Russia has taken another step to ease restrictions that it adopted to protect its economy and financial markets from sanctions and other consequences of its invasion of Ukraine. Beginning Monday, investors from “countries that are not hostile” will be allowed to trade in Russia’s bond market, the Moscow Exchange said.
After the invasion began in late February, the value of Russian financial assets plummeted and then trading was halted on the Moscow Exchange. About a month later, limited trading in domestic bonds returned for investors in Russia, and slowly more trading was permitted. But now, amid a complex web of rules, trading in the bond market, which includes government and corporate debt, has been opened up to some foreigners.
Access to the Moscow Exchange for bond trading will be limited to nations that Russia considers friendly. Investors from “unfriendly nations” — a group that includes the United States, European Union, Japan, Australia and Canada, which are severing financial ties with Russia and have imposed sanctions since the invasion — still won’t be able to access trading in Moscow. Trading in Russian assets has been greatly restricted for these investors by their home nations, too.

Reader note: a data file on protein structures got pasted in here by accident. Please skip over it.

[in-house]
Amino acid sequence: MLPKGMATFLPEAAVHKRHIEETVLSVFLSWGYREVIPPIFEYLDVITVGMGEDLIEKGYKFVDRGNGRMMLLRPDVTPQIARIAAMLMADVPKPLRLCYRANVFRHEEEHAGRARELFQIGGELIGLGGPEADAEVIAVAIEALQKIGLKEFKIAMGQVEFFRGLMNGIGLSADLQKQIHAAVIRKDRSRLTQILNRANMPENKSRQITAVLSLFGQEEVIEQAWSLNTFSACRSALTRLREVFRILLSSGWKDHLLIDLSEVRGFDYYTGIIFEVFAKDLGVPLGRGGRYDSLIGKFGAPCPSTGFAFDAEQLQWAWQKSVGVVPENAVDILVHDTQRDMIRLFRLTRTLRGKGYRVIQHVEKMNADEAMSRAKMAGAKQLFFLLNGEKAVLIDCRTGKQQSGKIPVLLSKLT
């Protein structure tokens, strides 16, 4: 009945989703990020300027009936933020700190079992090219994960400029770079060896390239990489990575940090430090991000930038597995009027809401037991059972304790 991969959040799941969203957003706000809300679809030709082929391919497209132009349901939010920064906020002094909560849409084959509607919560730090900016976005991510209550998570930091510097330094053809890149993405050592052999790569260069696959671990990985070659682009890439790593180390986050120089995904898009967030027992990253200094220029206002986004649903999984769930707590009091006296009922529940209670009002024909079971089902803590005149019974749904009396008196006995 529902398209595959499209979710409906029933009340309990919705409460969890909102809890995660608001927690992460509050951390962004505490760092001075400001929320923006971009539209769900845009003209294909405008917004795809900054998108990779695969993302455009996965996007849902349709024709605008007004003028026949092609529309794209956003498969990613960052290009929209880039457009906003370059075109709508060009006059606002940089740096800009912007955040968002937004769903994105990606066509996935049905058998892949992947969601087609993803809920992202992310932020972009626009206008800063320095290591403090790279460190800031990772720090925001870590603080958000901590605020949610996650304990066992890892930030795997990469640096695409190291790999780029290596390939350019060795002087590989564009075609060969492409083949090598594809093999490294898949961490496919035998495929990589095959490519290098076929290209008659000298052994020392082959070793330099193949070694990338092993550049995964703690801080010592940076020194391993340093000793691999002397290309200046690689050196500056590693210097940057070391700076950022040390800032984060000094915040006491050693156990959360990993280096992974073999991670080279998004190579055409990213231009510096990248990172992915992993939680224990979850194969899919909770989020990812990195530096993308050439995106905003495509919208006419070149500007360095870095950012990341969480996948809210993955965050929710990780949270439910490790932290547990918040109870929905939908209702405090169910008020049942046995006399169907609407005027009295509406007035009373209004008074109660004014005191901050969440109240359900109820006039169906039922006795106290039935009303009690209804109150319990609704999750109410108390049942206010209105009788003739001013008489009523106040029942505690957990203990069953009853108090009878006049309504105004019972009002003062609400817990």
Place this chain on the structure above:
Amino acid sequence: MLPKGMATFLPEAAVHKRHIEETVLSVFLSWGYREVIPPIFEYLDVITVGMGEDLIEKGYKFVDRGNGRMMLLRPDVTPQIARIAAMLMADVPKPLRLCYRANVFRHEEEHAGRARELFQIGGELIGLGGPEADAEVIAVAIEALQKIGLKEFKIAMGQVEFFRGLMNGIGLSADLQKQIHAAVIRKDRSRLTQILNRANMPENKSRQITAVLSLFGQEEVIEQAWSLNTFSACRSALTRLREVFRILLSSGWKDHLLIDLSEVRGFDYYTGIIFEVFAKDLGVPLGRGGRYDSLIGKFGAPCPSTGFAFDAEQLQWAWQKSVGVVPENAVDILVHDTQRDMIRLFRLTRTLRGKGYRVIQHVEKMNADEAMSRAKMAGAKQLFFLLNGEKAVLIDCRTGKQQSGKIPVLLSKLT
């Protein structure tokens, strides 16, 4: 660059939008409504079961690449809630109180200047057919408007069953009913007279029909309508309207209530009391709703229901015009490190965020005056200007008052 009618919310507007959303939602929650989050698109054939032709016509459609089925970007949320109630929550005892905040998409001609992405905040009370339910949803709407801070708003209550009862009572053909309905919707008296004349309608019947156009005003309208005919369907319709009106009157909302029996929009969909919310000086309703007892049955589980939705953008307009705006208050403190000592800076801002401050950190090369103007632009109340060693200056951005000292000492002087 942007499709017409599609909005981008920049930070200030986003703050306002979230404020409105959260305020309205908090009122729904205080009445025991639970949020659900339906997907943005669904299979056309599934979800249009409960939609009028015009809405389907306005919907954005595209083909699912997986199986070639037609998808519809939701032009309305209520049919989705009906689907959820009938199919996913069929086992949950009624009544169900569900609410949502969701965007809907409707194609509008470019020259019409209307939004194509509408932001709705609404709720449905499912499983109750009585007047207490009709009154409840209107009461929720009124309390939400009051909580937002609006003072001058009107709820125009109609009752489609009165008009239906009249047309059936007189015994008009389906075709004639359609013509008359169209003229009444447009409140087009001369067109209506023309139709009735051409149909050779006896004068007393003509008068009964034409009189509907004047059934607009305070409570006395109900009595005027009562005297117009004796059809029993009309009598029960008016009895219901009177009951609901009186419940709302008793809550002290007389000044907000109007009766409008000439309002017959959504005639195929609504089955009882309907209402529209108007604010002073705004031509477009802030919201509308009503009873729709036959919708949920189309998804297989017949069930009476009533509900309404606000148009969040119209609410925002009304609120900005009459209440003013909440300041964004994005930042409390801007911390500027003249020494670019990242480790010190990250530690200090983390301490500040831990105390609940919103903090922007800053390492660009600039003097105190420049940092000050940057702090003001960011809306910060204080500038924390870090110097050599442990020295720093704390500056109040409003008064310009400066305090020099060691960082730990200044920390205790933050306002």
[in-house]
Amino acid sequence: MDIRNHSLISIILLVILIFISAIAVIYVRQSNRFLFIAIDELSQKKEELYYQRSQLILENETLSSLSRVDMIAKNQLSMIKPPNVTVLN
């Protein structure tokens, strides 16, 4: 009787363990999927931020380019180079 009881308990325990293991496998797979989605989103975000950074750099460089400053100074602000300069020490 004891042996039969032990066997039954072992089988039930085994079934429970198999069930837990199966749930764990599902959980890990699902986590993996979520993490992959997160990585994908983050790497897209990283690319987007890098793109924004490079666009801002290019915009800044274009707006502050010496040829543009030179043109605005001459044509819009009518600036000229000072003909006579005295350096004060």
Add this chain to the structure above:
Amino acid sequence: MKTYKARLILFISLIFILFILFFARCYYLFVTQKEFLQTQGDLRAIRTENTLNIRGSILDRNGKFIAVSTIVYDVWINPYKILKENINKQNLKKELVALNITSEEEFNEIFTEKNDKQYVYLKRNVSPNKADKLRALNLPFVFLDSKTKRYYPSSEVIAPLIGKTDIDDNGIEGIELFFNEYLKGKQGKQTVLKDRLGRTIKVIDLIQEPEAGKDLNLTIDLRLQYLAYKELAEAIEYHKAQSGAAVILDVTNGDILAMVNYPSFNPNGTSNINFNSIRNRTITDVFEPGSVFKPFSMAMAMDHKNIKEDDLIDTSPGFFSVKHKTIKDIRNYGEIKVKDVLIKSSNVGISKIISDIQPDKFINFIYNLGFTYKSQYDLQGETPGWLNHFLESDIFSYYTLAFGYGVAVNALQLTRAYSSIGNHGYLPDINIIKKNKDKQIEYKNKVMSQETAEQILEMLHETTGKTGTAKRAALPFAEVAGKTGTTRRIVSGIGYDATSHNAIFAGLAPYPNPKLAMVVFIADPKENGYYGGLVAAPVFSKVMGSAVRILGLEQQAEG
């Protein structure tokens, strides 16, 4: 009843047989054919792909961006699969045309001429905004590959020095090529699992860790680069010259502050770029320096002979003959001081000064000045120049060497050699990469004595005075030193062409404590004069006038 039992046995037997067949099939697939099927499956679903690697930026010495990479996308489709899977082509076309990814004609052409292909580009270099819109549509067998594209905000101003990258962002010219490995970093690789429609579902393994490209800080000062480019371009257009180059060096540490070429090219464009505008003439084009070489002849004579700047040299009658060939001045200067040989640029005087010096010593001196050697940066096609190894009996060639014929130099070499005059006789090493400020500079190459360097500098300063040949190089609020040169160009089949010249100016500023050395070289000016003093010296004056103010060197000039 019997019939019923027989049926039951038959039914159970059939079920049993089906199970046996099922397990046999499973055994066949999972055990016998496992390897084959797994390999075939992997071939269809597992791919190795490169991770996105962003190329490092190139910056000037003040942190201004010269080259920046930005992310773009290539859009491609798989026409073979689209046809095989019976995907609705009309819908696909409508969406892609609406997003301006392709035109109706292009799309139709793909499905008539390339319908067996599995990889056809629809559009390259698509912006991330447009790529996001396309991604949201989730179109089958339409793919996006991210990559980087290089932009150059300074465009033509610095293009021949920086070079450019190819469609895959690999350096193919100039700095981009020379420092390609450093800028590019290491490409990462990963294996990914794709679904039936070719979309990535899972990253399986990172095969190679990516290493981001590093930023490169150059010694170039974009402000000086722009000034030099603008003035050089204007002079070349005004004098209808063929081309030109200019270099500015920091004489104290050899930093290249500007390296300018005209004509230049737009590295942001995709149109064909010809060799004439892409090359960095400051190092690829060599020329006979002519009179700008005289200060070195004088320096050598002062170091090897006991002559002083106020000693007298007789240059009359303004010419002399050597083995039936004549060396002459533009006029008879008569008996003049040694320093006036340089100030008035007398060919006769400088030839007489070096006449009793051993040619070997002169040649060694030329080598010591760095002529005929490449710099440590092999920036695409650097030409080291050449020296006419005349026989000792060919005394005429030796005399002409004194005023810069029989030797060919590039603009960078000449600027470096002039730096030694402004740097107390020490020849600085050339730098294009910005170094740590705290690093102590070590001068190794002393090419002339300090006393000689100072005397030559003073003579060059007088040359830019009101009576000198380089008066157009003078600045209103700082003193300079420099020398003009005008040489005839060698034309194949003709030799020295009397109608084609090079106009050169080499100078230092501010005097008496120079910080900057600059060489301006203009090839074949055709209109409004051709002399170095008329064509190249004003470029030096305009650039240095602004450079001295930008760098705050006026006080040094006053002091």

Efforts to cut Russia off from the global financial system pushed the country into default on foreign-currency government bonds in June because the payments couldn’t reach investors.
Late last month, the U.S. Treasury authorized financial transactions that allow investors to wind down their holdings in Russian assets and auctions on a type of derivative that pays out in the event of a default. Some Wall Street banks are facilitating this trading in Russian debt, Reuters reported on Monday, having avoided the market because of the risks from sanctions.
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